WASHINGTON - Congressman Alcee L. Hastings (D-FL), Chairman of the Commission on Security and Cooperation in Europe (the Helsinki Commission) and Co-Chairman Senator Benjamin L. Cardin (D-MD), will hold a hearing entitled “Georgia in 2008: Elections or Street Politics?” on Wednesday, February 6 at 2:30 p.m. in B-318 of the Rayburn House Office Building.  Over the last few months, Georgia has experienced considerable turmoil, with the violent confrontation between riot police and protesters in November, the imposition of a state of emergency, the resignation of President Mikheil Saakashvili and the holding of a snap presidential election in early January. Although President Saakashvili narrowly won re-election in the first-round, opposition leaders refuse to recognize the outcome and have pledged to launch another round of protests beginning on February 15 unless their extensive list of demands are met. The hearing will examine the ramifications of these developments for Georgia, the United States and NATO, which Georgia is hoping to join.  Chairman Hastings led the International Election Observation Mission for the Organization for Security and Cooperation in Europe (OSCE) and was accompanied by Congressman Lloyd Doggett (D-TX).  Testifying before the Commission will be:  Mr. Matthew Bryza, Deputy Assistant Secretary of State for Europe and Eurasia  H.E. Vasili Sikhuralidze, Ambassador of Georgia  Salome Zurabishvili, former Foreign Minister of Georgia, now opposition leader and head of the "Georgia's Way" Party 

  • Helsinki Commission to Hold Hearing Examining U.S. and Civil Society Efforts to Combat Anti-Semitism

    WASHINGTON - Congressman Alcee L. Hastings (D-FL), Chairman of the Commission on Security and Cooperation in Europe (the Helsinki Commission) and Co-Chairman Senator Benjamin L. Cardin (D-MD), will hold a hearing on Thursday, February 7 at 2:30 p.m. in room 406 of the Dirksen Senate Office Building. The hearing is the second in a two-part series that will review U.S. government and civil society efforts to combat anti-Semitism in North America and Europe. In particular, the hearing will examine lessons learned and a way forward in monitoring and combating anti-Semitism with a focus on Organization for Security and Cooperation in Europe (OSCE) initiatives. The hearing will be webcast from the Helsinki Commission website at www.csce.gov.  On January 29, the Helsinki Commission held the first hearing in this series entitled, “Taking Stock: Combating Anti-Semitism in the OSCE Region.” The transcript and testimonies from this hearing can be found on the Commission’s website.  Testifying before the Helsinki Commission will be:  Dr. Gregg Rickman, U.S. Department of State, Special Envoy to Monitor and Combat Anti-Semitism  Ms. Felice D. Gaer, Commissioner, US Commission on International Religious Freedom  Rabbi Andrew Baker, Director of International Jewish Affairs, American Jewish Committee  Rabbi Marvin Hier, Dean and Founder, Simon Wiesenthal Center  Mr. Mark Levin, Executive Director, National Conference on Soviet Jewry  Ms. Stacy Burdett, Associate Director, Government and National Affairs, Anti-Defamation League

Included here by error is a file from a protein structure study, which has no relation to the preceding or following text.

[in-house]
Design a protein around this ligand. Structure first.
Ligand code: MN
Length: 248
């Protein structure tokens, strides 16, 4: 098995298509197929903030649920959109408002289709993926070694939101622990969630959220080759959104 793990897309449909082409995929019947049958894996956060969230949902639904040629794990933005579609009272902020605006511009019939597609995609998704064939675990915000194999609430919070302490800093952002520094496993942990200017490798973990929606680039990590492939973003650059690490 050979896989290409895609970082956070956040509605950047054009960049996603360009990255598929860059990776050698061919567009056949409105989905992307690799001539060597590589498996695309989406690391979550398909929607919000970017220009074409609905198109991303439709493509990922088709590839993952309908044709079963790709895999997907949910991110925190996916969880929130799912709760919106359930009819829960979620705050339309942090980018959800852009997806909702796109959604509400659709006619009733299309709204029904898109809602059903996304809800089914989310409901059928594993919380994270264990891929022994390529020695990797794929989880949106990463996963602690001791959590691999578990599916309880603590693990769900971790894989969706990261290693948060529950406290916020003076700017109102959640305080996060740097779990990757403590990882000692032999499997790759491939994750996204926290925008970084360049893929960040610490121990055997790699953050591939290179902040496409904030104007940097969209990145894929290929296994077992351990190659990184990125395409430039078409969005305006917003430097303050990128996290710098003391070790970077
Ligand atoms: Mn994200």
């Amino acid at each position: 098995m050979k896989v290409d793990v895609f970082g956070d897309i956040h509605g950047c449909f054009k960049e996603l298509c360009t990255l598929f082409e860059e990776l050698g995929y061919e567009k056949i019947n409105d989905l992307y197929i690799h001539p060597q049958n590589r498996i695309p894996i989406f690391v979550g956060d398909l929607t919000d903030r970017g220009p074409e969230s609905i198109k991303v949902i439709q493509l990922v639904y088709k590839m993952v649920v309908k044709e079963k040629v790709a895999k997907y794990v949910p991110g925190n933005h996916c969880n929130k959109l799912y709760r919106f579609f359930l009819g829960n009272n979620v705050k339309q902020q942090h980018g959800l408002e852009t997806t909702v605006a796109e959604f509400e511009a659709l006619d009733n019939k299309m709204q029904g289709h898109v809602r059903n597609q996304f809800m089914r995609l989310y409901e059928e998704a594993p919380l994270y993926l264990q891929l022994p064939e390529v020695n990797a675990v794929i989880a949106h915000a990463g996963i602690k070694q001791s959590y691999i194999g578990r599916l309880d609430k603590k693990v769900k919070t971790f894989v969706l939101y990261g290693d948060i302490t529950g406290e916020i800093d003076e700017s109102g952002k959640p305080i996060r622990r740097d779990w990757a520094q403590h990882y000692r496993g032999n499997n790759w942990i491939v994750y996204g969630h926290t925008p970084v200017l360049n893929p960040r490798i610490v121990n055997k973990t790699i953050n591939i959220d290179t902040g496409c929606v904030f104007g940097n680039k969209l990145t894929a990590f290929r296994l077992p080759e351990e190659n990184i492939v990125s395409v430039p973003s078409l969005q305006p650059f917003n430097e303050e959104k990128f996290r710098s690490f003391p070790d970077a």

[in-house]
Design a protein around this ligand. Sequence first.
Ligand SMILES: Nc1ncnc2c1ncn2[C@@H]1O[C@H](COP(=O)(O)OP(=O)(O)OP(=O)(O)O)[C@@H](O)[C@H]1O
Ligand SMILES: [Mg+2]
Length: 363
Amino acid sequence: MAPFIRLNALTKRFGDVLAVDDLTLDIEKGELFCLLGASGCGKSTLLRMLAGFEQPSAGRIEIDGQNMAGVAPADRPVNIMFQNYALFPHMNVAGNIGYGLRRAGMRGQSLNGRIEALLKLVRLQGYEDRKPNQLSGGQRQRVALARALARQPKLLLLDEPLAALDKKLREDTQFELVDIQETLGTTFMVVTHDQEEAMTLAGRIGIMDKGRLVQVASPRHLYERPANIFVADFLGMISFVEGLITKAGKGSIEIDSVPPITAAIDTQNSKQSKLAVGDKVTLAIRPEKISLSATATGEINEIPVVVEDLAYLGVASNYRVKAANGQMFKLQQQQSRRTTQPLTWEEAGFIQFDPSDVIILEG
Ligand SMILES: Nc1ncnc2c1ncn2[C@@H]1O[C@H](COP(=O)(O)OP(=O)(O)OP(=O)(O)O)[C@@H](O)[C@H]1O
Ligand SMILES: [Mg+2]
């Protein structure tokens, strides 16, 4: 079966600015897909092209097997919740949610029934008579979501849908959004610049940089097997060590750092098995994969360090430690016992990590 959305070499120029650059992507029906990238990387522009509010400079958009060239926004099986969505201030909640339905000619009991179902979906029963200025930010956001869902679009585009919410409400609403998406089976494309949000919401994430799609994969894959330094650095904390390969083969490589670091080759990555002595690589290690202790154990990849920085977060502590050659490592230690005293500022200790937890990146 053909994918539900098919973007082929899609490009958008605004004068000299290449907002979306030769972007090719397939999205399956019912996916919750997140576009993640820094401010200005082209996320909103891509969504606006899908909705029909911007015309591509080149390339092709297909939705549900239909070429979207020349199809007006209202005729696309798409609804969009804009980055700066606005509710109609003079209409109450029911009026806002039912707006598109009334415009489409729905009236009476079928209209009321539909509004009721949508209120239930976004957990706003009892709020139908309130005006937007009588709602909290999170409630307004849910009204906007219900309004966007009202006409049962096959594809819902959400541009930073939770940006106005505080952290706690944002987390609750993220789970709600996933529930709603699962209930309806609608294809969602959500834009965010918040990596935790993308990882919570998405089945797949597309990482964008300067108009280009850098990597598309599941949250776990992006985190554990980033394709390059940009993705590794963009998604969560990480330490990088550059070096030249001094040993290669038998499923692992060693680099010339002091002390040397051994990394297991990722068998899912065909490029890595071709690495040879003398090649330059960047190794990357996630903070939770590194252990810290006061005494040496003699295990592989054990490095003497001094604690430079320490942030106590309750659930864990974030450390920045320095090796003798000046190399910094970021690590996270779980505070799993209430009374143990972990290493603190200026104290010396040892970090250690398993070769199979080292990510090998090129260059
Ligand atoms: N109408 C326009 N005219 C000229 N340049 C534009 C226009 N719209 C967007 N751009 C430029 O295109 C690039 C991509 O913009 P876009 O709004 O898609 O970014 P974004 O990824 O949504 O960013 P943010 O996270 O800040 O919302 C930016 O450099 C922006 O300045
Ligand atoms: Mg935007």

• Helsinki Commission Leadership Concerned Over Russia’s Efforts to Limit Election Observers